Peet’s Coffee and Tea // Arabian Mocha Java
When these two coffees were first blended centuries ago, they were undoubtedly much different than what’s grown in Yemen and Indonesia today. Yet this combination of rich Mocha coffee from Arabia, tempered with estate-grown Java, remains a popular blend around the world. And it’s easy to see why when you taste the bittersweet chocolate flavor.
In fact, the word “mocha” became associated with chocolate because Europeans’ first experiences with cocoa, in the 17th century, reminded them of the bittersweet coffee they imported from Yemen.
Welcome to my Table, here in the corner of this cafe. Today we’re sipping the Arabian Mocha Java, from Peet’s Coffee and Tea in Emeryville, California. Feel free to pull up a chair.
region: Yemen // Indonesia
cultivars: Mocha // Java
method: Hario V60
grind: 18, Preciso
coffee: 30 g
water: 450 mL
pour: 2:30 concentric pour, 1:00 drop
Opening the bag of Arabian Mocha Java, I see that I am in for an experience not unlike the one I had last week with Peet’s Guatemala Bella Carmona; the beans are dark brown and intensely oily, the lining of the bag absolutely coated with oil. And that aroma… Woof. It has that bittersweet dark chocolate that this specific blend is so famous for, but it is masked in a smoky shroud of roast, gas, and carbon.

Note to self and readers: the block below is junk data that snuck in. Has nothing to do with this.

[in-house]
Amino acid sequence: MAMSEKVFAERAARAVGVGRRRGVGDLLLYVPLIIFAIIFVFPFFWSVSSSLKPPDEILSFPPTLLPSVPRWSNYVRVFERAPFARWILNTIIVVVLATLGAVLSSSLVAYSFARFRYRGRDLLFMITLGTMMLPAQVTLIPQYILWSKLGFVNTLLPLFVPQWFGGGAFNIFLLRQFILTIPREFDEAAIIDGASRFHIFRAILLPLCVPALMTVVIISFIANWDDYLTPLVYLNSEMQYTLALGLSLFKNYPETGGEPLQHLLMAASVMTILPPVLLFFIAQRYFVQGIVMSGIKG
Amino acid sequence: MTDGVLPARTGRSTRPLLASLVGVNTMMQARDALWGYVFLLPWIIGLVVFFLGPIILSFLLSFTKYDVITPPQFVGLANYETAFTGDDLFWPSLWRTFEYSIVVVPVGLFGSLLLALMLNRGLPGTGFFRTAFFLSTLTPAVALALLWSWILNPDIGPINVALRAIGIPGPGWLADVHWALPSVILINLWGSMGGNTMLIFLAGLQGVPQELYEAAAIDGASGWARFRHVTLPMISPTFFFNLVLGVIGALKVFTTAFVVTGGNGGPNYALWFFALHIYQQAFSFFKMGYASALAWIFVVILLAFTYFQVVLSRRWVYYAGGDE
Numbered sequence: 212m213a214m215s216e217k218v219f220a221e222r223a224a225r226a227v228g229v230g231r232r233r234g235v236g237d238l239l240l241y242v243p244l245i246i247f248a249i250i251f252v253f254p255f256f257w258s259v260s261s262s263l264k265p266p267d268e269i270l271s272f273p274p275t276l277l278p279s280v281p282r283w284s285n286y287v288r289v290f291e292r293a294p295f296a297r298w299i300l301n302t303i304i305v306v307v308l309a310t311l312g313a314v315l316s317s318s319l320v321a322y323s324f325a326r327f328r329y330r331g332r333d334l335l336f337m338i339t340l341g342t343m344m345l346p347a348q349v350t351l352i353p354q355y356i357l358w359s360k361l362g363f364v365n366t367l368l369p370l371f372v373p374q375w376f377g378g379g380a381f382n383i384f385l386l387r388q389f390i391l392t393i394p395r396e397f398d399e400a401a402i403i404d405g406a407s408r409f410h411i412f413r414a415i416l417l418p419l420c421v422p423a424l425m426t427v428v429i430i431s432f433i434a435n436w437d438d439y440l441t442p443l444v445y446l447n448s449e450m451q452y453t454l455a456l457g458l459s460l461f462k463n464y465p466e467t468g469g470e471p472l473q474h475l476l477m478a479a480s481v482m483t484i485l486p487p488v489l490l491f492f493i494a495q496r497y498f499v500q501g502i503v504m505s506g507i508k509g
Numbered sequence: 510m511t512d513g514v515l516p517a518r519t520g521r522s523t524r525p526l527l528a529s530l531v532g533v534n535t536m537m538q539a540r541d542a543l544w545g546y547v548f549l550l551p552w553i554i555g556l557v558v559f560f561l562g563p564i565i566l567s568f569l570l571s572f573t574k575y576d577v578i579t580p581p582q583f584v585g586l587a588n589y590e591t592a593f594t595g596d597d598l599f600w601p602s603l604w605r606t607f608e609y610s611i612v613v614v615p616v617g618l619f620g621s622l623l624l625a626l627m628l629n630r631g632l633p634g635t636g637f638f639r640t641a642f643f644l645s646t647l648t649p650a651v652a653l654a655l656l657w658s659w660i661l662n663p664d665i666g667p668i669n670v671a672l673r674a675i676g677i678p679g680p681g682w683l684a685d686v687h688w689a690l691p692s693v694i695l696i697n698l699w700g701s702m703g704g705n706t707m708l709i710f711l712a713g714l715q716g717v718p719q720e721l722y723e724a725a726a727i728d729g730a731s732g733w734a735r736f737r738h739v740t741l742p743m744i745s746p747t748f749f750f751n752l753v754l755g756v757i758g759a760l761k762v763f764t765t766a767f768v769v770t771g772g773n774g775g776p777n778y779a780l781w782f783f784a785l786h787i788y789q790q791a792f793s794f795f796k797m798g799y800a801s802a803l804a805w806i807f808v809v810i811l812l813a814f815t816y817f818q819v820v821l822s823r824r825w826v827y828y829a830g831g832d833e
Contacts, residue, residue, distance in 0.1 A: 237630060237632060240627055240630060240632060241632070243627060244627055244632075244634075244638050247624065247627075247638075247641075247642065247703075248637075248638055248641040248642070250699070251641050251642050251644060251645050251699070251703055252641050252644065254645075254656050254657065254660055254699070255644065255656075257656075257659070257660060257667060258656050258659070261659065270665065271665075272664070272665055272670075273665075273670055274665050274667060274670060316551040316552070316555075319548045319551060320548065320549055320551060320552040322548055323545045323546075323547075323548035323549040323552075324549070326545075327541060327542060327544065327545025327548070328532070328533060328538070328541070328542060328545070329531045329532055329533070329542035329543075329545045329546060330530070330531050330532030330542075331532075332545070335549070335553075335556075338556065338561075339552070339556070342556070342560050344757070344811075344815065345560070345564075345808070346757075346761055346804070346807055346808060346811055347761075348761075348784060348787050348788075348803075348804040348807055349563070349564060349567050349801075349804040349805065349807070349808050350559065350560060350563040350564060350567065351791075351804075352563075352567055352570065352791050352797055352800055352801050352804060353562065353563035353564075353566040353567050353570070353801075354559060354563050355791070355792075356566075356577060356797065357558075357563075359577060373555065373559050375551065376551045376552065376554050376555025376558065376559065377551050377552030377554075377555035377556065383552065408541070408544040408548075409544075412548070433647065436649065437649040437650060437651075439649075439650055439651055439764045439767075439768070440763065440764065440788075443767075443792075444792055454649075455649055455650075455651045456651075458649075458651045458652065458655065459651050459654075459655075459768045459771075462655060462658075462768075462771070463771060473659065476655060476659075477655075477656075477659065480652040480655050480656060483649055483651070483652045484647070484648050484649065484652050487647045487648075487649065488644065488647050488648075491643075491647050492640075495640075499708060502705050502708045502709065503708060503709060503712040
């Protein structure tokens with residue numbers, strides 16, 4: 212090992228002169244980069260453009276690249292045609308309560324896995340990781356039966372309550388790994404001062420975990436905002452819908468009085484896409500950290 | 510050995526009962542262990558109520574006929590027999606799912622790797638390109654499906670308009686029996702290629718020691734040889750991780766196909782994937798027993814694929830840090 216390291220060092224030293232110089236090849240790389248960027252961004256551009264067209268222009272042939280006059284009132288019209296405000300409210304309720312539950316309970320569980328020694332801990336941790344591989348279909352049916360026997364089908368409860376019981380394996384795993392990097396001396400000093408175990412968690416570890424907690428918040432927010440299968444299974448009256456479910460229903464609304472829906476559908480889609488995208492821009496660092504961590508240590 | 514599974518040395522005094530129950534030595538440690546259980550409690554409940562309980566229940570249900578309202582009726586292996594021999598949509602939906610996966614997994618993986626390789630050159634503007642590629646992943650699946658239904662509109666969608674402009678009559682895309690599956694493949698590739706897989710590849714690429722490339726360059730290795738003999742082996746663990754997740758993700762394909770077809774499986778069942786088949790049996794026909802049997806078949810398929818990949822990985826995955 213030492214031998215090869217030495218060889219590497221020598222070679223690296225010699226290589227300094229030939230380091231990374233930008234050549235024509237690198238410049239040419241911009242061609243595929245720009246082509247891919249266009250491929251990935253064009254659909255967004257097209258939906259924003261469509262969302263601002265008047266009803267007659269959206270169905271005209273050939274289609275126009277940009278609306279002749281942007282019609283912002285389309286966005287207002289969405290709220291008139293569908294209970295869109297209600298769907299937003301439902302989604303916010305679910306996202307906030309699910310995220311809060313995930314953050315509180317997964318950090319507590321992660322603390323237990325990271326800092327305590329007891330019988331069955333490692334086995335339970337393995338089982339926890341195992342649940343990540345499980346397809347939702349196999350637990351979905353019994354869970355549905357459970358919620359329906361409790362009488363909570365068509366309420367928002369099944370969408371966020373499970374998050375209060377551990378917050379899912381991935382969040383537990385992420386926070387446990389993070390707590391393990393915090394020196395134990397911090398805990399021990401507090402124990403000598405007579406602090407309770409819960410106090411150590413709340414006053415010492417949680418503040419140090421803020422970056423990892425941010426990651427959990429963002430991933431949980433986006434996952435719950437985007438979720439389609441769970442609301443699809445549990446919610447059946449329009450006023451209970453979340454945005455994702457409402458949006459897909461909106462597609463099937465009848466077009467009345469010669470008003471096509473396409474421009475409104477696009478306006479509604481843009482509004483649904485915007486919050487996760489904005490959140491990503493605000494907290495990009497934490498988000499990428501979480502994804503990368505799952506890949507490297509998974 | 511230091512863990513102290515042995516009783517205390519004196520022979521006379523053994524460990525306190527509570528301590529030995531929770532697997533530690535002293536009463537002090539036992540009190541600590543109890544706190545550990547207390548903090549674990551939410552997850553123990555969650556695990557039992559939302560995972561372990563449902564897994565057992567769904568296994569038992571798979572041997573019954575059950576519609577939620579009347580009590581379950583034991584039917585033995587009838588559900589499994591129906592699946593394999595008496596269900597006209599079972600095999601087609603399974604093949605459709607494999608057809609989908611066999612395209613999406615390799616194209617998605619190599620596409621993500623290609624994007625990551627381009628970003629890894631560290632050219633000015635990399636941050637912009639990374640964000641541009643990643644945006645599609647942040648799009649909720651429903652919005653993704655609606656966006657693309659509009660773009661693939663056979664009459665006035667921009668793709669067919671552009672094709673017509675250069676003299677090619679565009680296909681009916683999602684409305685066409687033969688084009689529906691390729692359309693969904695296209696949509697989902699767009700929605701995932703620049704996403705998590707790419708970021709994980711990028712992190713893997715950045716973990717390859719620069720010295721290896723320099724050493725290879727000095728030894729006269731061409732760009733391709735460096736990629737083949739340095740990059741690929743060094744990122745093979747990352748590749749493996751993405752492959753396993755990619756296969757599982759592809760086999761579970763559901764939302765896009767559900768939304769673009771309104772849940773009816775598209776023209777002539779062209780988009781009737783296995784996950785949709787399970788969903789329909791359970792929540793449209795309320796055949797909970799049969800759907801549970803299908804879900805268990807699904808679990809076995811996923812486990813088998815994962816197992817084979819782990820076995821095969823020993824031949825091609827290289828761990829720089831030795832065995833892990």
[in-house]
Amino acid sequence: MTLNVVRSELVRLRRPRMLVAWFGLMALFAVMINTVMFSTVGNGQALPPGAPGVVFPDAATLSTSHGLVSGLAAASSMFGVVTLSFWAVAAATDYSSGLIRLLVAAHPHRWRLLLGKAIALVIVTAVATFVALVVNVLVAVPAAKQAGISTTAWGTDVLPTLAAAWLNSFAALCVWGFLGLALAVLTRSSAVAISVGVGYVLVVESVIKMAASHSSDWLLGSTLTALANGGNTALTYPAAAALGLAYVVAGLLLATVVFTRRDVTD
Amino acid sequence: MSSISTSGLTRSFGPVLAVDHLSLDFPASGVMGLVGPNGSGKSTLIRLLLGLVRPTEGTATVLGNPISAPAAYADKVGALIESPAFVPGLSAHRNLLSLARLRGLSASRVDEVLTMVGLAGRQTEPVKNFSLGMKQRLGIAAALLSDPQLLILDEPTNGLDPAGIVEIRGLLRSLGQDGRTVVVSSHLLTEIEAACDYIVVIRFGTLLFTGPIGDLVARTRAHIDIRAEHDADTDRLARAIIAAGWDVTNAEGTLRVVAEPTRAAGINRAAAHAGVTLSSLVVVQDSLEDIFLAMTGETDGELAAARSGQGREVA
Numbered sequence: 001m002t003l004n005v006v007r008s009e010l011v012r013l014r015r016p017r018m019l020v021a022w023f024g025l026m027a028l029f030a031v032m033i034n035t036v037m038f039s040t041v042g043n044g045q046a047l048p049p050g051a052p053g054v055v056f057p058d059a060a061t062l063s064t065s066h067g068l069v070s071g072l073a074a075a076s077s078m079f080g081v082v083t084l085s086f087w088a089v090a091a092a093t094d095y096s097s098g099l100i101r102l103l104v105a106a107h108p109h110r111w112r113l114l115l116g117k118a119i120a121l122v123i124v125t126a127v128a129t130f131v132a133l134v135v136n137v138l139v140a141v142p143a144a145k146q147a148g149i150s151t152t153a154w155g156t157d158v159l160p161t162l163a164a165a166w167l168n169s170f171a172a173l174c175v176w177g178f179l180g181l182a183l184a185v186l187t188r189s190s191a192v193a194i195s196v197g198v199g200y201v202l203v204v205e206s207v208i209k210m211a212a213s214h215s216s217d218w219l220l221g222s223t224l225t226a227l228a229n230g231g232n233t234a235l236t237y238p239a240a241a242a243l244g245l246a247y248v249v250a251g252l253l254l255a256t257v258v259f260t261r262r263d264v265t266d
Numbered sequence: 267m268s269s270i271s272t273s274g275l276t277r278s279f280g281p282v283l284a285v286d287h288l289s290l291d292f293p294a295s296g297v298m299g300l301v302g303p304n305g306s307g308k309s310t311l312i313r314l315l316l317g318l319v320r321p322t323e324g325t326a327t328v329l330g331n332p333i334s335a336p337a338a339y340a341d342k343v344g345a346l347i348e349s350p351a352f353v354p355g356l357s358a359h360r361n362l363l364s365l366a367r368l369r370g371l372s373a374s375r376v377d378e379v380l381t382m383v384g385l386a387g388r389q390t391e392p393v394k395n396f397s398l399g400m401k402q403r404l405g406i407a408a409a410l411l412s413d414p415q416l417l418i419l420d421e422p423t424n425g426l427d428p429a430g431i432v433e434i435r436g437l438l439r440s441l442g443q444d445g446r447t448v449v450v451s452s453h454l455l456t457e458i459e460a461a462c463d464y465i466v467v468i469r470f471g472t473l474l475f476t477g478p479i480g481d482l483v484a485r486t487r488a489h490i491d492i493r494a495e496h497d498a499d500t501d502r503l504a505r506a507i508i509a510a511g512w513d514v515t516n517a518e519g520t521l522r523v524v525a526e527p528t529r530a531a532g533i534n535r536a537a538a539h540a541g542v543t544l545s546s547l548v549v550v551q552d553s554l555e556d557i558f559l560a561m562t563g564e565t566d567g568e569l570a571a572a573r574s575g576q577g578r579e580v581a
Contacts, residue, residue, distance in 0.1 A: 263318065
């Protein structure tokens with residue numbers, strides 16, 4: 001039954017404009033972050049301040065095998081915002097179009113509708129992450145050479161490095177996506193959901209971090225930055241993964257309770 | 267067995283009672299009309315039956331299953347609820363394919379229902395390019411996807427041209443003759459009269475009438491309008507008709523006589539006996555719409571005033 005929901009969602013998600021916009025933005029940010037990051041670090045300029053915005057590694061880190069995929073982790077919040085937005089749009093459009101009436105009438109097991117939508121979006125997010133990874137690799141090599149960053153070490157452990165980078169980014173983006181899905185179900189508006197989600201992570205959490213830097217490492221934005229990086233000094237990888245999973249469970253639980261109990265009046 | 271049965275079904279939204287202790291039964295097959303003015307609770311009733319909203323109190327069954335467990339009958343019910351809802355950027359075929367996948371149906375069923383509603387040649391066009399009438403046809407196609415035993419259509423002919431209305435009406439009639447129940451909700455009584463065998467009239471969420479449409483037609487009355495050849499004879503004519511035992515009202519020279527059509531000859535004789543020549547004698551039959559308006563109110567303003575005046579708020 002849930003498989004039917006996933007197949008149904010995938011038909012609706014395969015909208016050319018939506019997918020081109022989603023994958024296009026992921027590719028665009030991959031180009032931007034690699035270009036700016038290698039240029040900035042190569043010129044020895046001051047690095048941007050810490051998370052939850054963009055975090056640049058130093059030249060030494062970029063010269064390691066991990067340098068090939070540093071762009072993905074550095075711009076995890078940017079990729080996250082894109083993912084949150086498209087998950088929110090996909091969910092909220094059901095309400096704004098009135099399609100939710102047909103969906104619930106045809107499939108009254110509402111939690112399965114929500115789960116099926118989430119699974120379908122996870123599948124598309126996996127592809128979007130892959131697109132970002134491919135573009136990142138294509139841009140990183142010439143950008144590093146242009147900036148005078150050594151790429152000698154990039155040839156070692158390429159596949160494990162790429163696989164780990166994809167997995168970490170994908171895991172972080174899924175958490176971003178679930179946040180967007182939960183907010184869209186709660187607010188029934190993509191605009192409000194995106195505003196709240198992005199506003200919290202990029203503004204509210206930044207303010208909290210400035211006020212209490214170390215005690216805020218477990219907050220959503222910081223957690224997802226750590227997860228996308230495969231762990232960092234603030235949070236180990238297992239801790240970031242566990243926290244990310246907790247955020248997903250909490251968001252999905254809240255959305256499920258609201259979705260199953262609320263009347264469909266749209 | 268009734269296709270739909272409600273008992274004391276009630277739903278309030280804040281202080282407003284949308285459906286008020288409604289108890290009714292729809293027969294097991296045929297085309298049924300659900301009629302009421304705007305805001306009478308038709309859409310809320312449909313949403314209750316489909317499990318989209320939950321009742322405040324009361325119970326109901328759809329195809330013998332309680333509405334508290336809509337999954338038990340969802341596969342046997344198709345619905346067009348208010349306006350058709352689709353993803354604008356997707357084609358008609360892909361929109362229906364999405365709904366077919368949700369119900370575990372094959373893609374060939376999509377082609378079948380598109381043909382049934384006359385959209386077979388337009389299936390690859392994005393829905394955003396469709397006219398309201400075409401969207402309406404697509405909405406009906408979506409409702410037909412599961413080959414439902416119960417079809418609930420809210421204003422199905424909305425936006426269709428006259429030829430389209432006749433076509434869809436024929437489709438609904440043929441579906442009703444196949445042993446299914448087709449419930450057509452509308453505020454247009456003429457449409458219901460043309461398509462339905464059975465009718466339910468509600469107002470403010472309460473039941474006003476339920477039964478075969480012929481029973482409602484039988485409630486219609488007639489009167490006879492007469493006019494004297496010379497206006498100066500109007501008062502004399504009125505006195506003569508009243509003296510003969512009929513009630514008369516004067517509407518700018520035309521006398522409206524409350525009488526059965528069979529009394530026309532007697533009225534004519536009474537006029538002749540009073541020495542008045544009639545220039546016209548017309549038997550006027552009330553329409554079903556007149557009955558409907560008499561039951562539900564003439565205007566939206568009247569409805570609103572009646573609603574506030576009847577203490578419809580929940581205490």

Oh, boy. Taking the first few sips of the cup… I think that’s about all I’ll take. Good gravy. Dark chocolate and caramel are certainly present, but they’re not redeeming enough for me to go on drinking this coffee. It was evident as soon as I looked at those oily beans that all of the best flavors had been roasted out, leaving nothing behind but funk, roast, metal, carbon, nitrogen, diesel, and fish oil.
Full body; oily mouthfeel; no acidity; dry finish.
I am exceptionally disappointed in my experience with the two coffees Peet’s Coffee and Tea sent me—the Arabian Mocha Java and Guatemala Bella Carmona, both. And, like I said before, it’s not just because the coffees are so bad, it’s because I have such a special place in my heart for Peet’s. They are, after all, the ones who sparked my love for coffee.
When I worked for Peet’s Coffee, Arabian Mocha Java was one of my favorite offerings of theirs. I was particularly enamored with it because it was the first coffee I had ever tried that had clear tasting notes: bittersweet dark chocolate. A lot has changed in the five years it’s been since I had that revelatory experience, though. Not the least of which was my opinion of this coffee.
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